While cycling with sciatica pain, you should keep a check on the hours you are cycling. Longer periods of stiff posture leaning towards the front can cause sciatica. And if you are cycling with an already irritated sciatic nerve, it will only add up to your misery.
If biking exasperates your symptoms, you should immediately get in touch with your doctor and try to switch to other exercises that will be better suited for the initial stages of your condition. Hence, to treat chronic nerve pain, you should consider your time.
Even after all the research and experiences of people that dictate improvement in cases of sciatica after introducing cycling in their lives, we still cannot ignore other instances where cycling has unfortunately increased the severity of sciatica pain.
How does cycling cause Sciatica Pain?
Cycling involves exerting pressure on most of your body parts, compelling your legs to stretch while you pedal vigorously and making your hips become sore and stiff. Sciatica primarily affects areas such as your back, lower leg, and behind.
It would not be wrong to conclude that cycling can actually worsen this pain if proper guidance and precautions are not followed. I have combined the experiences of cyclists who have had sciatica to find ways through which cycling can actually cause sciatica pain. Avoiding these might help you to differ.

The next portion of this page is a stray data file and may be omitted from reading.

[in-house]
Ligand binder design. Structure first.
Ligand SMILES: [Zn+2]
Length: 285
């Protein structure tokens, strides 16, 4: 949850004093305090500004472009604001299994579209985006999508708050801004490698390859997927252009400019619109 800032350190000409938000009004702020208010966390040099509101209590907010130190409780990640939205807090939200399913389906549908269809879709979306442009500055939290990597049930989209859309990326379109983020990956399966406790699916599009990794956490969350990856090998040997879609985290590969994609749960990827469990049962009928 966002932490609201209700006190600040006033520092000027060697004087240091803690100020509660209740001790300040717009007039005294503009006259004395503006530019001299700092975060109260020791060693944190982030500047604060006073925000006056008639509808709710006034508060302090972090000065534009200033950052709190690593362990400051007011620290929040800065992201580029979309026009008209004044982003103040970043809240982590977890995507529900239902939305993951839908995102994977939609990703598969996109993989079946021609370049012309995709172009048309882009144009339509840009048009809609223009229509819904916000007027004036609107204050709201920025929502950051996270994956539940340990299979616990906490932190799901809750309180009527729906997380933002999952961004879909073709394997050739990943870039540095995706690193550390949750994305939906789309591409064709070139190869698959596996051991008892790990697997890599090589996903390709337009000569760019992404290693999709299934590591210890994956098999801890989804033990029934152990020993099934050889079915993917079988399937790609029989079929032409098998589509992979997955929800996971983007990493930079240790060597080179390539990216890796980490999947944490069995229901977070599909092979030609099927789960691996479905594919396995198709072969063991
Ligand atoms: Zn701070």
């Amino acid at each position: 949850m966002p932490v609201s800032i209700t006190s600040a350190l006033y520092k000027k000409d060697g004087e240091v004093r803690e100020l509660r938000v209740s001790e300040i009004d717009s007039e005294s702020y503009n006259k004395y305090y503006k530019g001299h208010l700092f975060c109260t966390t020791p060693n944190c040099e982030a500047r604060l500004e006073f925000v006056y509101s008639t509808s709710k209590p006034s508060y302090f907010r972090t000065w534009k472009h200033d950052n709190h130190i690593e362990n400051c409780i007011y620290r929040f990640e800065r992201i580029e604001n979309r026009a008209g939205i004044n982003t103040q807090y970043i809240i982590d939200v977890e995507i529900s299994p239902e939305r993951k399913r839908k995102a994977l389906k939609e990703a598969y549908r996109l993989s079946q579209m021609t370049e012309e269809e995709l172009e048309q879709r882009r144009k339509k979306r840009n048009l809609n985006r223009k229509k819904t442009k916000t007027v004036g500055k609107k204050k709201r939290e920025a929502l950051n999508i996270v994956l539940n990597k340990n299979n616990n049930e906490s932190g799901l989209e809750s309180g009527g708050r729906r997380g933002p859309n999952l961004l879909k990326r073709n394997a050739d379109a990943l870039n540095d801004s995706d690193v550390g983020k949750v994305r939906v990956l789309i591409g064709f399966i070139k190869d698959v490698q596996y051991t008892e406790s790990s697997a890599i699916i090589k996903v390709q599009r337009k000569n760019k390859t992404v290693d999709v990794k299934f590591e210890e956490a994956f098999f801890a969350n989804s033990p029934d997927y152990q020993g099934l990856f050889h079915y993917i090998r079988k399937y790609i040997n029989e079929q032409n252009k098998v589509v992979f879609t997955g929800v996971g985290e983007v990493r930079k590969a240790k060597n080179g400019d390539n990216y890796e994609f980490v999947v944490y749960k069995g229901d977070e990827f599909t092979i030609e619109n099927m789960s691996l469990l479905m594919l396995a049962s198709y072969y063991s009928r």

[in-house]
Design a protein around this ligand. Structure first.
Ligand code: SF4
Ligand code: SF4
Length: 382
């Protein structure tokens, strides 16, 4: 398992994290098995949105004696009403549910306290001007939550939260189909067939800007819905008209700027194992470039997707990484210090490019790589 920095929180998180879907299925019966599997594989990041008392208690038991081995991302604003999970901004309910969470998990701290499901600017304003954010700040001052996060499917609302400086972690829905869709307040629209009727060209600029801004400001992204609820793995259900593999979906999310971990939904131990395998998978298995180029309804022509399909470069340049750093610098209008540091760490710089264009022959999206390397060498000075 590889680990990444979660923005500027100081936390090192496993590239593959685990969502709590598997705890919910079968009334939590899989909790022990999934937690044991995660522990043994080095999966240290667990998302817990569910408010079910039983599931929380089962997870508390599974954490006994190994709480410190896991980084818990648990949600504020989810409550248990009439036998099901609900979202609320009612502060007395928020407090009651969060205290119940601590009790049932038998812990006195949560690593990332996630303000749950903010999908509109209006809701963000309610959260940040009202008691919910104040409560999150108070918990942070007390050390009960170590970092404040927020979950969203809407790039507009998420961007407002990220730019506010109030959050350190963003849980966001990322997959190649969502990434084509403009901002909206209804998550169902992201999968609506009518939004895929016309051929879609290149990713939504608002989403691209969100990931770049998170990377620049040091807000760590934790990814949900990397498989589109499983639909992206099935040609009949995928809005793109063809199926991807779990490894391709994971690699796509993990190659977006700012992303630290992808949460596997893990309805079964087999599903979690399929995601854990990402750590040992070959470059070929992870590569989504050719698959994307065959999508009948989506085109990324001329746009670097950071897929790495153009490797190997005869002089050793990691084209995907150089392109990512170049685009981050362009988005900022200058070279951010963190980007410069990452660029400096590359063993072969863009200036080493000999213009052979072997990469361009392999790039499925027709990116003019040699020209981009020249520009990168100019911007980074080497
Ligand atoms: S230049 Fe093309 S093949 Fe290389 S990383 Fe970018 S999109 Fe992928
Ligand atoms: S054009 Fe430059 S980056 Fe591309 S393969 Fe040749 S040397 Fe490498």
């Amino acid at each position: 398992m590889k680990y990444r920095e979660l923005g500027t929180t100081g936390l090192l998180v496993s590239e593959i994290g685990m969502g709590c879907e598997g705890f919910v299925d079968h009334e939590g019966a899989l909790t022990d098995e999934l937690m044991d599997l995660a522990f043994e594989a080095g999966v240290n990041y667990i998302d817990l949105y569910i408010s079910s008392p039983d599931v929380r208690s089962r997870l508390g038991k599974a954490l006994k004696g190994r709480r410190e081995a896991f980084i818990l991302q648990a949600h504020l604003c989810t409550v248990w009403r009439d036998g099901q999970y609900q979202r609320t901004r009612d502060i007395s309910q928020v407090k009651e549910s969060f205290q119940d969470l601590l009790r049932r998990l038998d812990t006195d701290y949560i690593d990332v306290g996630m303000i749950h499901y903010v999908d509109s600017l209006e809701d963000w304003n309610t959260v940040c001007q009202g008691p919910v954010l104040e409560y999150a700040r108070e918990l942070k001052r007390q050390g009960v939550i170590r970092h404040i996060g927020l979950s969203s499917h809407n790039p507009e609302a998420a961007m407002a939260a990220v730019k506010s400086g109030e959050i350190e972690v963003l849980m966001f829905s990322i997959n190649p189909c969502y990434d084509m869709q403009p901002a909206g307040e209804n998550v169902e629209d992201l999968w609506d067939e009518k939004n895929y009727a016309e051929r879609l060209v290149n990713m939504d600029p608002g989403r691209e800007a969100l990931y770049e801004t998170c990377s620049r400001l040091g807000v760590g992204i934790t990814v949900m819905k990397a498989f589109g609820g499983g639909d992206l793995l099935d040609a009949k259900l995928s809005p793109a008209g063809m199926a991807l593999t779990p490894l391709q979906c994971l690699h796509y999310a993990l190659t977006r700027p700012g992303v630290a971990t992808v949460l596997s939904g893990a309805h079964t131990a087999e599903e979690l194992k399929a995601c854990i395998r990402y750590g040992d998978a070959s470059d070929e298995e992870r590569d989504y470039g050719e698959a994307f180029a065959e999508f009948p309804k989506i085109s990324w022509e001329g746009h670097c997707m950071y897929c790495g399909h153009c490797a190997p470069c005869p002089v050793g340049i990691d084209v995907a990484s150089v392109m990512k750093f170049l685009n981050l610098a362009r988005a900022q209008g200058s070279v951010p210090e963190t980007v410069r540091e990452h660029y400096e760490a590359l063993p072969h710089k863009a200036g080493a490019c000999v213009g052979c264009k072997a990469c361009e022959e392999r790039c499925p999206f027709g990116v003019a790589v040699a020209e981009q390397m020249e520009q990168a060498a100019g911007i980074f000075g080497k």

1. Poor riding posture
Not being able to maintain the right posture while cycling will eventually lead you to have trouble whether or not you are affected by sciatica. And if you are already going through nerve-wracking pains of sciatica, your condition will only grow worse.
Long rides with an arched and deformed position will compel your legs and hips to exert more pressure. Its repercussions will trickle down to your sciatic nerve, eventually exasperating your back pain. This happens when your bones begin to press against your sciatic nerve, harming your spine in the process. Therefore, good posture should be your first priority.
2. Uncomfortable saddle
An uncomfortable bike saddle not only results in chafed skin but also compresses your sciatic nerve, which infuriates pain in your hips. Distribution of your body weight on an inadequate seat that lacks padding will force your sit bones to exert most of the pressure. This uneven distribution can further deteriorate your comfort and the issues you already face because of sciatica. Not taking regular breaks and continuously sitting on your bike seat can lead to even more troubles, including persistent pain.
3. Crouching down while cycling
Unnecessarily leaning towards the front can trigger chronic nerve pain and force pressure upon your back, lower spine, and sciatic nerve. For this, you can avoid inclining the nose of the saddle downwards.
A horizontal or upward inclination may not feel very comfortable in the initial stage, but you will eventually get used to it. This will help you to avoid a forward-leaning position.